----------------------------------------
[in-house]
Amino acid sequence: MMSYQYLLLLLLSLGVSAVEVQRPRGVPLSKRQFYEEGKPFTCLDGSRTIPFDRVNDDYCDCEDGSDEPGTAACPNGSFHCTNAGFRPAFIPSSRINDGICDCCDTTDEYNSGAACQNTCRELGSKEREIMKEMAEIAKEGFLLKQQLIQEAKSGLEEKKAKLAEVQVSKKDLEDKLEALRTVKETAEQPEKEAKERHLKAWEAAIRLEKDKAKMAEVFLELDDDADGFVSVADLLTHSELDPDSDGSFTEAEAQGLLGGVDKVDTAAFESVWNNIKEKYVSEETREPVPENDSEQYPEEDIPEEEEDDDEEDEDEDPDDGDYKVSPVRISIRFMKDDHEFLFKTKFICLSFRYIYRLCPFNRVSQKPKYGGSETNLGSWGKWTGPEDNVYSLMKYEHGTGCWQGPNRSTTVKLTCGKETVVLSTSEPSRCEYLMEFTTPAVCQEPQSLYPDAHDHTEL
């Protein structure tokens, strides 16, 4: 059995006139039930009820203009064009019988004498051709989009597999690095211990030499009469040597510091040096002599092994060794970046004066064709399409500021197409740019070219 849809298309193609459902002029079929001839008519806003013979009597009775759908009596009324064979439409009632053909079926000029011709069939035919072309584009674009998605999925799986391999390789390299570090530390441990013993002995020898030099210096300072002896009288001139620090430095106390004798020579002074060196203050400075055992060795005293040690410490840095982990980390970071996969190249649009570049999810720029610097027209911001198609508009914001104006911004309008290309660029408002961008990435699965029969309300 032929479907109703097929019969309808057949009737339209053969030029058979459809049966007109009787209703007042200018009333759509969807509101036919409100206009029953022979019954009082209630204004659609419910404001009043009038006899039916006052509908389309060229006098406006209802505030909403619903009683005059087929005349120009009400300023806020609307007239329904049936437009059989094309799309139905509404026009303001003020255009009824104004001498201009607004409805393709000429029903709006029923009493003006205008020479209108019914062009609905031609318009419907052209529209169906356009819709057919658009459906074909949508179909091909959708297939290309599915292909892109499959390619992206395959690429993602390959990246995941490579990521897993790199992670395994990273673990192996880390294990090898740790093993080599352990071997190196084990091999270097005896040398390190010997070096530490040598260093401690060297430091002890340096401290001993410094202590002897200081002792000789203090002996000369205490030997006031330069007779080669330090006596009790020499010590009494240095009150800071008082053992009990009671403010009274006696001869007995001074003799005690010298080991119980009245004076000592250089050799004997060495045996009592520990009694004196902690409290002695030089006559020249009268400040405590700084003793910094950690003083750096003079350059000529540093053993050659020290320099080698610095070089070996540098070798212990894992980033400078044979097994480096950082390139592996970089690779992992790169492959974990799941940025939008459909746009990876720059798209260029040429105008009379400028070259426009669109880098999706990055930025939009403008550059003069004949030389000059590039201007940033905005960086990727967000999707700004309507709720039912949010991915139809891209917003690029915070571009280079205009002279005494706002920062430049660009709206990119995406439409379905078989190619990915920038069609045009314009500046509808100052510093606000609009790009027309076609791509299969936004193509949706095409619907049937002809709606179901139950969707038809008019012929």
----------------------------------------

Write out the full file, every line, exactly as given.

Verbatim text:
[in-house]
Amino acid sequence: MMSYQYLLLLLLSLGVSAVEVQRPRGVPLSKRQFYEEGKPFTCLDGSRTIPFDRVNDDYCDCEDGSDEPGTAACPNGSFHCTNAGFRPAFIPSSRINDGICDCCDTTDEYNSGAACQNTCRELGSKEREIMKEMAEIAKEGFLLKQQLIQEAKSGLEEKKAKLAEVQVSKKDLEDKLEALRTVKETAEQPEKEAKERHLKAWEAAIRLEKDKAKMAEVFLELDDDADGFVSVADLLTHSELDPDSDGSFTEAEAQGLLGGVDKVDTAAFESVWNNIKEKYVSEETREPVPENDSEQYPEEDIPEEEEDDDEEDEDEDPDDGDYKVSPVRISIRFMKDDHEFLFKTKFICLSFRYIYRLCPFNRVSQKPKYGGSETNLGSWGKWTGPEDNVYSLMKYEHGTGCWQGPNRSTTVKLTCGKETVVLSTSEPSRCEYLMEFTTPAVCQEPQSLYPDAHDHTEL
């Protein structure tokens, strides 16, 4: 059995006139039930009820203009064009019988004498051709989009597999690095211990030499009469040597510091040096002599092994060794970046004066064709399409500021197409740019070219 849809298309193609459902002029079929001839008519806003013979009597009775759908009596009324064979439409009632053909079926000029011709069939035919072309584009674009998605999925799986391999390789390299570090530390441990013993002995020898030099210096300072002896009288001139620090430095106390004798020579002074060196203050400075055992060795005293040690410490840095982990980390970071996969190249649009570049999810720029610097027209911001198609508009914001104006911004309008290309660029408002961008990435699965029969309300 032929479907109703097929019969309808057949009737339209053969030029058979459809049966007109009787209703007042200018009333759509969807509101036919409100206009029953022979019954009082209630204004659609419910404001009043009038006899039916006052509908389309060229006098406006209802505030909403619903009683005059087929005349120009009400300023806020609307007239329904049936437009059989094309799309139905509404026009303001003020255009009824104004001498201009607004409805393709000429029903709006029923009493003006205008020479209108019914062009609905031609318009419907052209529209169906356009819709057919658009459906074909949508179909091909959708297939290309599915292909892109499959390619992206395959690429993602390959990246995941490579990521897993790199992670395994990273673990192996880390294990090898740790093993080599352990071997190196084990091999270097005896040398390190010997070096530490040598260093401690060297430091002890340096401290001993410094202590002897200081002792000789203090002996000369205490030997006031330069007779080669330090006596009790020499010590009494240095009150800071008082053992009990009671403010009274006696001869007995001074003799005690010298080991119980009245004076000592250089050799004997060495045996009592520990009694004196902690409290002695030089006559020249009268400040405590700084003793910094950690003083750096003079350059000529540093053993050659020290320099080698610095070089070996540098070798212990894992980033400078044979097994480096950082390139592996970089690779992992790169492959974990799941940025939008459909746009990876720059798209260029040429105008009379400028070259426009669109880098999706990055930025939009403008550059003069004949030389000059590039201007940033905005960086990727967000999707700004309507709720039912949010991915139809891209917003690029915070571009280079205009002279005494706002920062430049660009709206990119995406439409379905078989190619990915920038069609045009314009500046509808100052510093606000609009790009027309076609791509299969936004193509949706095409619907049937002809709606179901139950969707038809008019012929």